* Euro hits six-week high vs dollar
* Higher money market rates lend support to euro rise
* U.S. congressional negotiators reach budget deal
By Gertrude Chavez-Dreyfuss
NEW YORK, Dec 11 The euro rose for a seventh
straight session against the dollar on Wednesday, driven by a
combination of higher money market rates and a growing belief
that the European Central Bank will keep interest rates low for
some time but not cut them.
Overnight lending rates have been creeping higher the last
few sessions, as banks have paid back long-term funding lent by
the ECB at the height of the euro zone debt crisis.
In addition, two-year swap rates have risen as
the ECB has shown unwillingness to ease monetary policy despite
Joe Manimbo, senior market analyst at Western Union Business
Solutions in Washington, said higher short-term rates have
indeed enhanced the appeal of the euro but noted that much of
the euro's outperformance has been a function of investors
reducing short positions.
Overall he said the euro zone still "faces a long road to
recovery," citing recent weak economic data, particularly in
France, the euro bloc's second-largest economy. French
industrial output numbers released on Tuesday showed a decline
for a second straight month.
In midday New York trading, the euro was up 0.2 percent
against the dollar at $1.3794, after hitting a six-week
high of $1.38. So far in 2013, the euro has gained 4.5 percent
versus the greenback, on track for its best yearly gain since
Against the yen, the euro was down 0.2 percent at 141.18 yen
. It was up more than 23 percent versus the Japanese
currency so far in 2013.
The euro has also been supported by European banks
repatriating funds to shore up their capital bases before an ECB
Asset Quality Review (AQR).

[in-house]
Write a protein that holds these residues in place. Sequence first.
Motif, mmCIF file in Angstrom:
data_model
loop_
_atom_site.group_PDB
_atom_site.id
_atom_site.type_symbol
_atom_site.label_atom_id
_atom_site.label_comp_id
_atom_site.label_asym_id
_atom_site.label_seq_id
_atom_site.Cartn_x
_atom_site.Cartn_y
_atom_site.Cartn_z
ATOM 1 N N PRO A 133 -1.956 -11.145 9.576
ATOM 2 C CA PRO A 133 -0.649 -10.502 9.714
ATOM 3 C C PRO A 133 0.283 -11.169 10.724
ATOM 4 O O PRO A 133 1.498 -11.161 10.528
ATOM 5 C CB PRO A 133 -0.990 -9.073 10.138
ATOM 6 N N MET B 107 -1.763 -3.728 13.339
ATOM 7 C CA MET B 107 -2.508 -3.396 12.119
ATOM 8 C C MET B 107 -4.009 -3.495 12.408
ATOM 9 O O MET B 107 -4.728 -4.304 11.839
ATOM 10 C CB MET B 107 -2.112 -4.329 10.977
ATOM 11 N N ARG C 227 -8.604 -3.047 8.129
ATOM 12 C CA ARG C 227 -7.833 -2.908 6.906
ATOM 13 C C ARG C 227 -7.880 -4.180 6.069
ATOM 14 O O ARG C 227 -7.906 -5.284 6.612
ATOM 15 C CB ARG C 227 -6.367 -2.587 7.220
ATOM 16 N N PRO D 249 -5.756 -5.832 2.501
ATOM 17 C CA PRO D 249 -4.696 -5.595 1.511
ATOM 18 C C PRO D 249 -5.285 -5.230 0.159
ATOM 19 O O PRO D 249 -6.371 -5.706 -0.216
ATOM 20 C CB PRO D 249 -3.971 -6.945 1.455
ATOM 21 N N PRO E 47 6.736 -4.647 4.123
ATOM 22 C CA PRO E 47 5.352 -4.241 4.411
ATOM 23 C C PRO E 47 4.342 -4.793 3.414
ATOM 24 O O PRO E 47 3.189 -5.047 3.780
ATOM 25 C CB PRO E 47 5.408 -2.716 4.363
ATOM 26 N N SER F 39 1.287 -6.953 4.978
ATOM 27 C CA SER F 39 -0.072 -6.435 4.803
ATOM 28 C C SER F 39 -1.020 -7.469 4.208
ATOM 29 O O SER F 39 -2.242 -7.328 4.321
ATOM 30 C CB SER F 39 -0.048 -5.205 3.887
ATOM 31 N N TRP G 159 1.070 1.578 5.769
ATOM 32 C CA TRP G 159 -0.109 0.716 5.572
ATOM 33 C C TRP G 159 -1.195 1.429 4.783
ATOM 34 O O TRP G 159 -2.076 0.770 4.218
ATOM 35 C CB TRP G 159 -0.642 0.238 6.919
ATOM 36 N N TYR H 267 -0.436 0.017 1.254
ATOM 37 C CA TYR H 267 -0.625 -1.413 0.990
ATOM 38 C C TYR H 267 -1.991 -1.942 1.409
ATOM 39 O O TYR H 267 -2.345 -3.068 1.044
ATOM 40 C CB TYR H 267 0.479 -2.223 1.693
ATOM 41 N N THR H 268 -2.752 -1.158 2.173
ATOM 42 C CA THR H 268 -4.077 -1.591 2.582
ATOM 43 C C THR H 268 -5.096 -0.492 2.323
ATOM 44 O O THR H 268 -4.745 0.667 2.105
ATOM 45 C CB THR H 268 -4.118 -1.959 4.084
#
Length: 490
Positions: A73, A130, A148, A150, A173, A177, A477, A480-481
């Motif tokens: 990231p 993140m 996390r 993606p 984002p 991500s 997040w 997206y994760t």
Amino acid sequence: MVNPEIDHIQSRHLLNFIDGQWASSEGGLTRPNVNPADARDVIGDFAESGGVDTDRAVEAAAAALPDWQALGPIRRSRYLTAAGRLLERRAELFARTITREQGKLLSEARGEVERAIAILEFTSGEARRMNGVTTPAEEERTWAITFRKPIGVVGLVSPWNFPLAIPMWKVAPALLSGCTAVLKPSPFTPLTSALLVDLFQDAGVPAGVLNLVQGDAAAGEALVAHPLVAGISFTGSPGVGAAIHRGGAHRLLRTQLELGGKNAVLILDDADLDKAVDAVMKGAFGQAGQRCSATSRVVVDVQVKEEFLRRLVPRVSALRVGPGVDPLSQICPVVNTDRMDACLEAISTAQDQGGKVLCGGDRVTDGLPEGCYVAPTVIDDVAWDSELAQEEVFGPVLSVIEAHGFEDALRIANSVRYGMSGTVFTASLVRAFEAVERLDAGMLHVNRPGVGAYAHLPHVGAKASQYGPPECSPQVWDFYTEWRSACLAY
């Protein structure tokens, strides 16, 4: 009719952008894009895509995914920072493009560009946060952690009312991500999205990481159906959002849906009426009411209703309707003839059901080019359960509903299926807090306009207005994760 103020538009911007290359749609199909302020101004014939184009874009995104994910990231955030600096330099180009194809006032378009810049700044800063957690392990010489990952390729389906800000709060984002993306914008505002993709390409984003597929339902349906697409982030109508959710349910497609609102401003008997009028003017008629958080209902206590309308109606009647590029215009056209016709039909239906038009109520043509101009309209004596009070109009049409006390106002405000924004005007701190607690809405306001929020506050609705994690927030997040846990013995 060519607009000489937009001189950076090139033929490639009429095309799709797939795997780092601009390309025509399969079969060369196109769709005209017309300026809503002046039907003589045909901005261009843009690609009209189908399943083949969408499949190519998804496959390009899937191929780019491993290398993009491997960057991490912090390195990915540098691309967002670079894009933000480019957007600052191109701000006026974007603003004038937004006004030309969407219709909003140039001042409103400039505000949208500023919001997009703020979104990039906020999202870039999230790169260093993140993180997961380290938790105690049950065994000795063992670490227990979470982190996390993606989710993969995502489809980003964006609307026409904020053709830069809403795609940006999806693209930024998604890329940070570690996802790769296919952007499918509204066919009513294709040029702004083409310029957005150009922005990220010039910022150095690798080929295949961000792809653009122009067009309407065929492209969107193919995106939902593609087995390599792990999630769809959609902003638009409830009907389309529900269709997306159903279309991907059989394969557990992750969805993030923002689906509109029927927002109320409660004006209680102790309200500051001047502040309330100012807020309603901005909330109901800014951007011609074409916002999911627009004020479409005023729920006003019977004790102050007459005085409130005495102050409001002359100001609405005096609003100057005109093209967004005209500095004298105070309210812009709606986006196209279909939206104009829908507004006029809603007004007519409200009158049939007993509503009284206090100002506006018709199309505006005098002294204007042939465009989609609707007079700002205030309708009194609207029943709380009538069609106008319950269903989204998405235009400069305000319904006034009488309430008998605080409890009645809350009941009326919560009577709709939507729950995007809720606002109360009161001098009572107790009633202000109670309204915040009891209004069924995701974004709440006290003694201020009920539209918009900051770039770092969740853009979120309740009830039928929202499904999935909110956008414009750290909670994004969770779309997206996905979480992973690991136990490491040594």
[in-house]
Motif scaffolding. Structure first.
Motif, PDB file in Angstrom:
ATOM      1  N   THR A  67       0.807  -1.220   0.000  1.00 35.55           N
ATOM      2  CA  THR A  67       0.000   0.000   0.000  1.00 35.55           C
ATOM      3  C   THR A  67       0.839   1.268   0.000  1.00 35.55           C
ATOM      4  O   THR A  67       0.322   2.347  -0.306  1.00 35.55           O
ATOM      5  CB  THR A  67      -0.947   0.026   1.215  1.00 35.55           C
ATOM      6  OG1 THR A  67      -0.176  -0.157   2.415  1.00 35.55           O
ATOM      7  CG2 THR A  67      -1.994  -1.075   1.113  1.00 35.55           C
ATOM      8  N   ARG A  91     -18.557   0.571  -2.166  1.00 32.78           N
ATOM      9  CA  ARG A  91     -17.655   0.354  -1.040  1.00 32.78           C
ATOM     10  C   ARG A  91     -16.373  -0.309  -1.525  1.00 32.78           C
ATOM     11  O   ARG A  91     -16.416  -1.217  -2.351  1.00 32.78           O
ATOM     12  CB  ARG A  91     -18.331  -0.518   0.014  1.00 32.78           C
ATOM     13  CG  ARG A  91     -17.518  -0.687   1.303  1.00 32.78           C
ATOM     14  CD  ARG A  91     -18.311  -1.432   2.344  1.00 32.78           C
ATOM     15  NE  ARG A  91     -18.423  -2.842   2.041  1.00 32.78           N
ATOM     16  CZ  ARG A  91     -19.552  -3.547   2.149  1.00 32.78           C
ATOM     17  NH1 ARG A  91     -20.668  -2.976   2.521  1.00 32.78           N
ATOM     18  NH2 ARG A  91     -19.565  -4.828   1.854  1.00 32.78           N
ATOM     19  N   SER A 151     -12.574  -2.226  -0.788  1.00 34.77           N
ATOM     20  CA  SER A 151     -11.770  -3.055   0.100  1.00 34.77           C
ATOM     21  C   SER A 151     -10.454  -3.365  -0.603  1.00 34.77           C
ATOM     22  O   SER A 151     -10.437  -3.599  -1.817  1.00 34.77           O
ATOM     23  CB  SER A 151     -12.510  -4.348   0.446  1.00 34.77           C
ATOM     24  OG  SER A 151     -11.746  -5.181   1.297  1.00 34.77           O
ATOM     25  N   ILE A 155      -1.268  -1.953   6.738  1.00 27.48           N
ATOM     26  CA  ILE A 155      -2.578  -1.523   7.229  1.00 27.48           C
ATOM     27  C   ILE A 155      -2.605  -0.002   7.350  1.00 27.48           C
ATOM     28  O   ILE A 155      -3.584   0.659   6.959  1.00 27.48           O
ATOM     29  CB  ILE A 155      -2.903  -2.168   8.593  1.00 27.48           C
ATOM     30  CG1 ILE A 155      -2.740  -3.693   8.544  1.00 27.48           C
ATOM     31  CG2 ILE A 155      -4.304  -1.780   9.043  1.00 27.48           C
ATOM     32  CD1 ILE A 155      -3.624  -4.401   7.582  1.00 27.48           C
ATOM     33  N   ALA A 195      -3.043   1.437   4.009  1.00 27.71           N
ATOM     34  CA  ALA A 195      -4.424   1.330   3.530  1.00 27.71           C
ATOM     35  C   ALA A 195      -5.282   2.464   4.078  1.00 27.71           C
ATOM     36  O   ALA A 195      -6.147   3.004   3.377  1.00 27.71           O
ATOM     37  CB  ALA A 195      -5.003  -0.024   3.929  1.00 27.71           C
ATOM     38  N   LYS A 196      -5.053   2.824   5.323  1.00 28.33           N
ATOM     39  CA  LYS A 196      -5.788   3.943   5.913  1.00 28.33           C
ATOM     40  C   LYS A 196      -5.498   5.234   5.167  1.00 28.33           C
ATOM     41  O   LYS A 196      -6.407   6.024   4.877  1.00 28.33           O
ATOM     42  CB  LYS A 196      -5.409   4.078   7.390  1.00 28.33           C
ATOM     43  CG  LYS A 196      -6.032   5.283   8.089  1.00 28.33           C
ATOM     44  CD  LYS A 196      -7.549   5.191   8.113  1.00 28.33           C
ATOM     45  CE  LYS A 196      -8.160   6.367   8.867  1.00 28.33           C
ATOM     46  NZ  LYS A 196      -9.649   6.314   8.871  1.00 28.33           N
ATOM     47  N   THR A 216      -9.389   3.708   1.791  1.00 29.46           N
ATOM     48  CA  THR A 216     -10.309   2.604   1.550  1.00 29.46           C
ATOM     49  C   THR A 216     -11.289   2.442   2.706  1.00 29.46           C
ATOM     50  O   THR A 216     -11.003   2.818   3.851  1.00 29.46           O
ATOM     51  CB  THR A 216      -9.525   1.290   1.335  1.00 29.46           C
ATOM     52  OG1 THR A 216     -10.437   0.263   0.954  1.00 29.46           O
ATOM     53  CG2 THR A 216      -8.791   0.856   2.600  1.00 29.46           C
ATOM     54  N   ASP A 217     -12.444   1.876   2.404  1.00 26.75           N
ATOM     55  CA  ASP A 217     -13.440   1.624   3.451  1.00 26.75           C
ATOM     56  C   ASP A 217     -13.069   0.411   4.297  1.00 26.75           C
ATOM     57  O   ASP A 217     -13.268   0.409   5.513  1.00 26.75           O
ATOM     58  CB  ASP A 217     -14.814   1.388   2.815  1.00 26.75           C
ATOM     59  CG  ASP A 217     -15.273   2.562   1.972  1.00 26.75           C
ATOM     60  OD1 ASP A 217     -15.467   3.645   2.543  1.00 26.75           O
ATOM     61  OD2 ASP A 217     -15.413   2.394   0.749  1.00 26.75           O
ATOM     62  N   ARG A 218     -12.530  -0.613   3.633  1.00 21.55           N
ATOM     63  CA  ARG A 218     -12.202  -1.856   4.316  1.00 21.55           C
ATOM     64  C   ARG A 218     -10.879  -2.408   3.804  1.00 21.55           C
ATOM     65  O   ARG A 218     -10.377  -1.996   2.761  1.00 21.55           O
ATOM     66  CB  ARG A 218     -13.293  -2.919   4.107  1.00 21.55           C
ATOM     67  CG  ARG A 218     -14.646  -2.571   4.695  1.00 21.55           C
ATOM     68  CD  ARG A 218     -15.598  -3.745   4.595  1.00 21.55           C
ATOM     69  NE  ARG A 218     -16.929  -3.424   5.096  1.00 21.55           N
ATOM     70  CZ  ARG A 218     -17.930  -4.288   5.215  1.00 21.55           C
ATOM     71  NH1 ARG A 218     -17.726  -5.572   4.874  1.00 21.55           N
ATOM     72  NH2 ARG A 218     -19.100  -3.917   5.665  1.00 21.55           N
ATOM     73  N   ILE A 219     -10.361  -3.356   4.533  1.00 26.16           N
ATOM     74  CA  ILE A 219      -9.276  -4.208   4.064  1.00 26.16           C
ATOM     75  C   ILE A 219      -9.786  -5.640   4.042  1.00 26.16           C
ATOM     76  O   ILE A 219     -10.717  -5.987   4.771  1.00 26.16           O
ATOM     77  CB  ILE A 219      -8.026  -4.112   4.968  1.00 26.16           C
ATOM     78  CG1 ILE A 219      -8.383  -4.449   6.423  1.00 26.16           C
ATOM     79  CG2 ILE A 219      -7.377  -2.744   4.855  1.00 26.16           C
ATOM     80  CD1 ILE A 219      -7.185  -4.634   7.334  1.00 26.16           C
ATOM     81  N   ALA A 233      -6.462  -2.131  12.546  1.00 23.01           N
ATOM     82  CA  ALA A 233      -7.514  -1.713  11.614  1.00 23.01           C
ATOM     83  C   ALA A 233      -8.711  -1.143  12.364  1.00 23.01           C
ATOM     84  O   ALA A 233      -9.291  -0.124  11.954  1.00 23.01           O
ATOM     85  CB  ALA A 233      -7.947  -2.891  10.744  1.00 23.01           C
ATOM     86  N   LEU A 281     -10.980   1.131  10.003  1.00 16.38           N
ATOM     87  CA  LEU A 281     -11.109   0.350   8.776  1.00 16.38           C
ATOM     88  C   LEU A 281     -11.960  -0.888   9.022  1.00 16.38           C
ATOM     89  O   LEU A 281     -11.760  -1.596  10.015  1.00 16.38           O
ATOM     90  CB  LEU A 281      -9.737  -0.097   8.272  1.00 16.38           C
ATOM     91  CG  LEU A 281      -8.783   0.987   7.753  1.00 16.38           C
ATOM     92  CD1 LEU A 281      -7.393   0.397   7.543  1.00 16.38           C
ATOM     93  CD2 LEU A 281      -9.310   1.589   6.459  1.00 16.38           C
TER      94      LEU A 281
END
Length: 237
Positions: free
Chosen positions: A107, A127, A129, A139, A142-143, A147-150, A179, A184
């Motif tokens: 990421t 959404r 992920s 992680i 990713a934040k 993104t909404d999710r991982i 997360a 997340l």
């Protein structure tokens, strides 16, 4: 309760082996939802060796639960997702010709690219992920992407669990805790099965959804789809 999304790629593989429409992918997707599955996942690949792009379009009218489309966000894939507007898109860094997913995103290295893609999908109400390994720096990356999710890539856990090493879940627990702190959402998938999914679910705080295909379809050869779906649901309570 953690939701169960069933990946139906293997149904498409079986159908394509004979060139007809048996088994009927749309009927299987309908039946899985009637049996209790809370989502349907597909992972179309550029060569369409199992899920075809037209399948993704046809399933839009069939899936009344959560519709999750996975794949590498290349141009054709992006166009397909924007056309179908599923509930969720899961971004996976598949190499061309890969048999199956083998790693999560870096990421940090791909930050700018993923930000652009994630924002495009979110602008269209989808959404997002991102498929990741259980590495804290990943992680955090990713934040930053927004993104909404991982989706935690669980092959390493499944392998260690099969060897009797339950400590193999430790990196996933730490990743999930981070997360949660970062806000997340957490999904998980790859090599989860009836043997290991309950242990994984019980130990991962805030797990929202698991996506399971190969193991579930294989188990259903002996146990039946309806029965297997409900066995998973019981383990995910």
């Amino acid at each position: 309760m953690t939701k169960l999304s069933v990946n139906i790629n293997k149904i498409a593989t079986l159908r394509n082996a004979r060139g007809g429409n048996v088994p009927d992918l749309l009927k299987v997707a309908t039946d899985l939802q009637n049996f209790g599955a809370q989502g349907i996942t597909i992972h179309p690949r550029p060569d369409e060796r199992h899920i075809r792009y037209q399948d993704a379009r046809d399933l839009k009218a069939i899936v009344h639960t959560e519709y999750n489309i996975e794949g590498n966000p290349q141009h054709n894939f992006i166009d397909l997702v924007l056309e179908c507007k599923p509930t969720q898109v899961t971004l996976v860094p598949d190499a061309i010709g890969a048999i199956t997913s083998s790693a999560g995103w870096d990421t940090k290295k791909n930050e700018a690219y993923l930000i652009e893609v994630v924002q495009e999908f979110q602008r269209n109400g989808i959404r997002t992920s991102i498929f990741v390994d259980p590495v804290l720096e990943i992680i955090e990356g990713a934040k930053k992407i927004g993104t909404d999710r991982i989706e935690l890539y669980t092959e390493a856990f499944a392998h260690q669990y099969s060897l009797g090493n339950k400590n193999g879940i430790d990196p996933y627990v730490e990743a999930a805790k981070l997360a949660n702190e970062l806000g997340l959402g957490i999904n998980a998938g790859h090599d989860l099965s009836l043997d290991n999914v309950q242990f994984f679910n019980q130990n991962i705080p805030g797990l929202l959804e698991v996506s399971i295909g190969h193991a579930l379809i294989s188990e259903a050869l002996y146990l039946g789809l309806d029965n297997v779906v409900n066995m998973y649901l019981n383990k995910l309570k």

Simon Smith, head of research at FxPro, said the euro could
hold "around the upper 1.30s level" early next year. It might
weaken after the AQR, but Smith expects it to fall less against
the dollar than other currencies when the Federal Reserve begins
slowing its huge bond-buying program.
One-year risk reversals - which compare
demand for options on a currency's rising or falling - show a
bias for euro puts, or bets that it will weaken. That suggests
many speculators think the rally will not last.
The dollar, meanwhile, slipped 0.1 percent against a basket
of currencies to 79.85, and fell 0.5 percent versus the
yen to 102.36.
The greenback has weakened in recent sessions on the view
that the Fed will not reduce its economic stimulus until early
next year. James Bullard, the St. Louis Fed president, however,
has kept the window open for a small amount of tapering this
Still, when the Fed does decide to scale back its bond
purchases, any upside for the dollar could be limited since that
move has long been expected. Moreover, when the Fed does taper,
it would be small comfort for the greenback as short-term
interest rates are likely to stay low.
But one ray of hope for dollar bulls is a two-year
bipartisan budget deal reached in the U.S. Congress aimed at
avoiding another government shutdown.
"A complete avoidance of a repeat of the October showdown
and shutdown over the budget and debt ceiling can only be seen
as dollar-positive as it will put the Fed on a faster track
toward the taper," said John Hardy, head of FX strategy at Saxo
Bank in London.
He wondered whether the Fed's December meeting next Tuesday
and Wednesday could set up a January taper move.
The Swiss franc, meanwhile, hit a seven-month high against
the euro, which fell to 1.2201 francs. The euro was
little changed at 1.2217 francs